Humidity is Dangerous for Dogs. Here’s How I Found Out.

I have long known that dogs cannot sweat. The only way dogs can expel heat is through panting—not the most effective mechanism for really hot weather. And I have kept that in mind when exercising my dog in the summer, taking special precautions when the thermometer hits 80 degrees or higher. But I had never factored humidity into my considerations… until I got a serious wake-up call.

It wasn’t the hottest day when I decided to go for a mountain bike ride with my young labradoodle. The temperature hovered in the low 70s—perfect for an afternoon ride. As I suited up for my 45 minute trail loop, Charlie was bucking around like a wild bronco, thrilled to be out for a good run after an entire morning curled up in the office. He loves mountain biking more than anything.

The air was unseasonably thick and humid, like a storm was about to break, so I was eager to get riding and feel that sweet breeze. We took off, the two of us moving nimbly between the trees. Charlie was flying, leaping over bushes and darting around rocks, as we bombed down the trail side by side. It was one of our fastest laps yet and, after 45 minutes, both of us were suitably wiped when we rolled back up to the car in the parking lot.

Mountain Biking with Bernese Mountain Dog

When I brought Charlie back to the office, I noticed he was panting more than usual. In fact, his panting became excessive. He was still exhaustively panting 2 hours post-ride and seemed extraordinarily lethargic. It was unusual. And then I realized it was heat stroke. I immediately called the vet. After speaking extensively with the vet and answering some questions, I was lucky that Charlie’s heat stroke wasn’t severe (he quickly recovered with a few cool-down techniques), but it was a wake-up call. He may be a badass athlete, but he isn’t impervious to his environment. The vet explained that humidity is just as dangerous as high temperatures, since it impairs a dog’s ability to cool off by panting.

Since that day, I take extra precautions. If it’s above 70 and very humid, we take it very slow on our rides. We’ve found 3 water sources on this short loop, including a lake that he gets to jump in at the halfway point. (The lake dip makes a huge difference.) On new trails that I am less familiar with, I always bring plenty of water with me. And if it is very humid, I don’t bring him out with me at all. (He doesn’t like this, but it is worth keeping him safe.)

Remember, your dog won’t tell you when it gets too hot. Still young, Charlie was too thrilled to be outside and running to give any sign that he was exhausted or slowing down. You have to be the one who is on alert, especially if you are outside exercising. Learn from my mistake and take special care to protect your beloved furry companions this summer.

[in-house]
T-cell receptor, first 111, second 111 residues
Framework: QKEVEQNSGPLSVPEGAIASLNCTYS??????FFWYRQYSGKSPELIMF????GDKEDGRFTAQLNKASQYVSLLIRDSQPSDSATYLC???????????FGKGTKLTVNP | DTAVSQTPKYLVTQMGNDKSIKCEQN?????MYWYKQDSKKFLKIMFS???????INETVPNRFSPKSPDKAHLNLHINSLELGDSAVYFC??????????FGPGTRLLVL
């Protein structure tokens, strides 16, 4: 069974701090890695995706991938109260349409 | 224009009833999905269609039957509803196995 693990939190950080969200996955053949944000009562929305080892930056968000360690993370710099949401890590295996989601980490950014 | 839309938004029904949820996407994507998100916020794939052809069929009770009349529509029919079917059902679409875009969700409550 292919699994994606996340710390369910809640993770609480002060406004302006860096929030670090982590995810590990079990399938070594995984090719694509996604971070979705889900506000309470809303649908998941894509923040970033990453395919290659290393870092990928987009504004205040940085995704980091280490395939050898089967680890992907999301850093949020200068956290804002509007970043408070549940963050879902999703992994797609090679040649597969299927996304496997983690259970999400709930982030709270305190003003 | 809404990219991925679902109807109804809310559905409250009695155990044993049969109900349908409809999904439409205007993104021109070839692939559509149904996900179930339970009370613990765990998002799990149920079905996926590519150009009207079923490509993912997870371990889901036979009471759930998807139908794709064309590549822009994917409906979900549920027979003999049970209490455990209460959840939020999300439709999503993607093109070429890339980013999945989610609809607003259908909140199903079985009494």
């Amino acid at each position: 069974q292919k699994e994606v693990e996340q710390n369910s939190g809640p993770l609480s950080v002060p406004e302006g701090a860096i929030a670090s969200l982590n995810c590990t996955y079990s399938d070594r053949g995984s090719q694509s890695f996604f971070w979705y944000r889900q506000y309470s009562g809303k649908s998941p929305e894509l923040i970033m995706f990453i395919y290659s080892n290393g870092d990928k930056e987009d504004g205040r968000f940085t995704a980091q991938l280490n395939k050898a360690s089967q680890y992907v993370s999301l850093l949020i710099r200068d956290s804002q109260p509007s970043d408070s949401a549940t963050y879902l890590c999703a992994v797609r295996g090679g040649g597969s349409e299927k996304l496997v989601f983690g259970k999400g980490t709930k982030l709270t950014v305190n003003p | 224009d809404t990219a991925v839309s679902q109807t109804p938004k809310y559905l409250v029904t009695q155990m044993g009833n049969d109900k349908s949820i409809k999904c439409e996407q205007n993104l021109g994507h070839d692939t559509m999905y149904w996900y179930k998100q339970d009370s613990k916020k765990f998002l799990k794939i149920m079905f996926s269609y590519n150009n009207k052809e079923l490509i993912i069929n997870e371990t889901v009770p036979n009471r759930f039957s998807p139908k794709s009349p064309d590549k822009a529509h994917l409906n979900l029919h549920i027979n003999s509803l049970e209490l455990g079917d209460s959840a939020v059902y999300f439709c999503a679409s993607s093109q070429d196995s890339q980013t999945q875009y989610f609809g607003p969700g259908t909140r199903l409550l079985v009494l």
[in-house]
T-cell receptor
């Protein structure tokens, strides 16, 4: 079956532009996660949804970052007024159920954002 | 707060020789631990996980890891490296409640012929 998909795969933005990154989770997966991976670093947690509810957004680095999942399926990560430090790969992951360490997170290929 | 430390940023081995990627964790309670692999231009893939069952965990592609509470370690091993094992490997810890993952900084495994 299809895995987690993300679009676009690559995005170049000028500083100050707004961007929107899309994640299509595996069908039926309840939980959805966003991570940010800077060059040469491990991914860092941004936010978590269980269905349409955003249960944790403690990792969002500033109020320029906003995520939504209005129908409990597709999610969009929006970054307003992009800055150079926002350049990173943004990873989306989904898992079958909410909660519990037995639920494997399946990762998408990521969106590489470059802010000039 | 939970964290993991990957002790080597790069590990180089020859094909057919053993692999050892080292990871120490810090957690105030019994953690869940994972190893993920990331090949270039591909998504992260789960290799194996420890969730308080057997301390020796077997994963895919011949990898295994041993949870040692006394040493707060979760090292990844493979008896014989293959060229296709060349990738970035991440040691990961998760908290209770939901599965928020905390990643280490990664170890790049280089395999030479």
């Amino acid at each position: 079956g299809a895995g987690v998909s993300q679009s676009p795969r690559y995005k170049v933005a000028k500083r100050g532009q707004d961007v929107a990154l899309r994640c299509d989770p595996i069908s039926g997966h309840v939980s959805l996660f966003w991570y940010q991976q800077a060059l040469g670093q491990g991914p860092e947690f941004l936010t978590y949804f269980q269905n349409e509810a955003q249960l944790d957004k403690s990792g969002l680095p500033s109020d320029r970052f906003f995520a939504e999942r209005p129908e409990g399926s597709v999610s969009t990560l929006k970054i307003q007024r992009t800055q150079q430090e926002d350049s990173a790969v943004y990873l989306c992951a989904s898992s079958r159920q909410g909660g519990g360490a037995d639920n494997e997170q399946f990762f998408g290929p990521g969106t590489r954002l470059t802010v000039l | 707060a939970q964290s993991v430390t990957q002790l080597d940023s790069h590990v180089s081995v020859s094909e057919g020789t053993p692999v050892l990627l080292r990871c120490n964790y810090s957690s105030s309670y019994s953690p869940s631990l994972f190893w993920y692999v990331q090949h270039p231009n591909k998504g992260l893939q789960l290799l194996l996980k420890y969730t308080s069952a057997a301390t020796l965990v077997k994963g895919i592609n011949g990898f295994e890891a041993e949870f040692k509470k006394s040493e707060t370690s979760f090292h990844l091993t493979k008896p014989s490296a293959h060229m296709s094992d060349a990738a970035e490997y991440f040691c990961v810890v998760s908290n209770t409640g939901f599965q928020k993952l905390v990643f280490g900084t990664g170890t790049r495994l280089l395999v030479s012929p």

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47 comments

hELEN hEARFIELD
hELEN hEARFIELD2 months ago

Tyfs

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Chad Anderson
Chad Anderson3 months ago

Thank you.

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Nicole H
Nicole Heindryckx3 months ago

@ Clare O : I never heard about dogs sweating through their bodies like we do. Their only sweating is by panting and through their paws. Not that much I think. I had my terrier clipped every late spring. But didn't help her from panting or sweating paws. When it was hot, or she had been running free on a sunny day - she was a real greyhound when she was young - we gave her a large, cold and wet towel. She laid on her belly, 4 legs stretched out for quite some time. I think she knew best how to cool down soon and avoid a heat stroke

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Nicole H
Nicole Heindryckx3 months ago

Very great article. Although I'm not a hiker, I will certainly share this info with some of my friends who have dogs.
I didn't know that at all. Very good that I learned something new again on this site. Thanks vm. for sharing this info with us.

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Glennis W
Glennis W3 months ago

Great info and help Thank you for caring and sharing

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Glennis W
Glennis W3 months ago

Very informative Thank you for caring and sharing

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Glennis W
Glennis W3 months ago

Great information and advice Thank you for caring and sharing

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Glennis W
Glennis W3 months ago

Very interesting article Thank you for caring and sharing

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Chrissie R
Chrissie R3 months ago

Dogs "sweat" from their paws and apocrine glands...but not significantly or enough to cool their bodies through evaporation.

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michela c
michela c3 months ago

Thanks!

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